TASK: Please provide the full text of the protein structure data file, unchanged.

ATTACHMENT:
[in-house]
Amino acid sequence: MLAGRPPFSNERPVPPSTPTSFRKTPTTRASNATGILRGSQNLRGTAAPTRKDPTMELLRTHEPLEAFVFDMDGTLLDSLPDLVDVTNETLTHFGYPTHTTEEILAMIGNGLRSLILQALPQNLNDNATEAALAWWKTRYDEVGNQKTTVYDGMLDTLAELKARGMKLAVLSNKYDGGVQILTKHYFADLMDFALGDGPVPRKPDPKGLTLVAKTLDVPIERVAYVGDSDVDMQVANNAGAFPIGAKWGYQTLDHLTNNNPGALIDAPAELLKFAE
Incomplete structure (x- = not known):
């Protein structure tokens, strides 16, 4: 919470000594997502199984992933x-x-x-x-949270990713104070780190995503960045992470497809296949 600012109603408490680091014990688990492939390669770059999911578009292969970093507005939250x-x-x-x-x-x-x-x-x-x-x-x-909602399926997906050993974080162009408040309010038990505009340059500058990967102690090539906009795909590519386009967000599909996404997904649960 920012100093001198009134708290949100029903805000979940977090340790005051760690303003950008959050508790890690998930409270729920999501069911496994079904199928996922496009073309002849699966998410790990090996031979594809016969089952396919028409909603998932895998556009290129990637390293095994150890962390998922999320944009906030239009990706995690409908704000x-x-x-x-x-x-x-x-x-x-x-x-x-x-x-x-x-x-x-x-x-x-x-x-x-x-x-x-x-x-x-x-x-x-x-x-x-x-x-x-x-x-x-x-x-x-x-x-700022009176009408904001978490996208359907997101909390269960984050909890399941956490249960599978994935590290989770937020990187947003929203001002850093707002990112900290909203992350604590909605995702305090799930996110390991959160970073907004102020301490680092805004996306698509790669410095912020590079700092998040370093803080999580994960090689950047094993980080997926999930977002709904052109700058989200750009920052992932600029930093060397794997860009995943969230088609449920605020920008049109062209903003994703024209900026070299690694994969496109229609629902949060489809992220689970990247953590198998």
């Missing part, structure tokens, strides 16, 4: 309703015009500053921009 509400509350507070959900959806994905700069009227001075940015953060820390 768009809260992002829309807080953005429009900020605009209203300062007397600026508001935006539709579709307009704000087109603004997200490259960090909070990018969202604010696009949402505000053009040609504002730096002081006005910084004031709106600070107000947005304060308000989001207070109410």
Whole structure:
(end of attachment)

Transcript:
[in-house]
Amino acid sequence: MLAGRPPFSNERPVPPSTPTSFRKTPTTRASNATGILRGSQNLRGTAAPTRKDPTMELLRTHEPLEAFVFDMDGTLLDSLPDLVDVTNETLTHFGYPTHTTEEILAMIGNGLRSLILQALPQNLNDNATEAALAWWKTRYDEVGNQKTTVYDGMLDTLAELKARGMKLAVLSNKYDGGVQILTKHYFADLMDFALGDGPVPRKPDPKGLTLVAKTLDVPIERVAYVGDSDVDMQVANNAGAFPIGAKWGYQTLDHLTNNNPGALIDAPAELLKFAE
Incomplete structure (x- = not known):
């Protein structure tokens, strides 16, 4: 919470000594997502199984992933x-x-x-x-949270990713104070780190995503960045992470497809296949 600012109603408490680091014990688990492939390669770059999911578009292969970093507005939250x-x-x-x-x-x-x-x-x-x-x-x-909602399926997906050993974080162009408040309010038990505009340059500058990967102690090539906009795909590519386009967000599909996404997904649960 920012100093001198009134708290949100029903805000979940977090340790005051760690303003950008959050508790890690998930409270729920999501069911496994079904199928996922496009073309002849699966998410790990090996031979594809016969089952396919028409909603998932895998556009290129990637390293095994150890962390998922999320944009906030239009990706995690409908704000x-x-x-x-x-x-x-x-x-x-x-x-x-x-x-x-x-x-x-x-x-x-x-x-x-x-x-x-x-x-x-x-x-x-x-x-x-x-x-x-x-x-x-x-x-x-x-x-700022009176009408904001978490996208359907997101909390269960984050909890399941956490249960599978994935590290989770937020990187947003929203001002850093707002990112900290909203992350604590909605995702305090799930996110390991959160970073907004102020301490680092805004996306698509790669410095912020590079700092998040370093803080999580994960090689950047094993980080997926999930977002709904052109700058989200750009920052992932600029930093060397794997860009995943969230088609449920605020920008049109062209903003994703024209900026070299690694994969496109229609629902949060489809992220689970990247953590198998």
């Missing part, structure tokens, strides 16, 4: 309703015009500053921009 509400509350507070959900959806994905700069009227001075940015953060820390 768009809260992002829309807080953005429009900020605009209203300062007397600026508001935006539709579709307009704000087109603004997200490259960090909070990018969202604010696009949402505000053009040609504002730096002081006005910084004031709106600070107000947005304060308000989001207070109410």
Whole structure: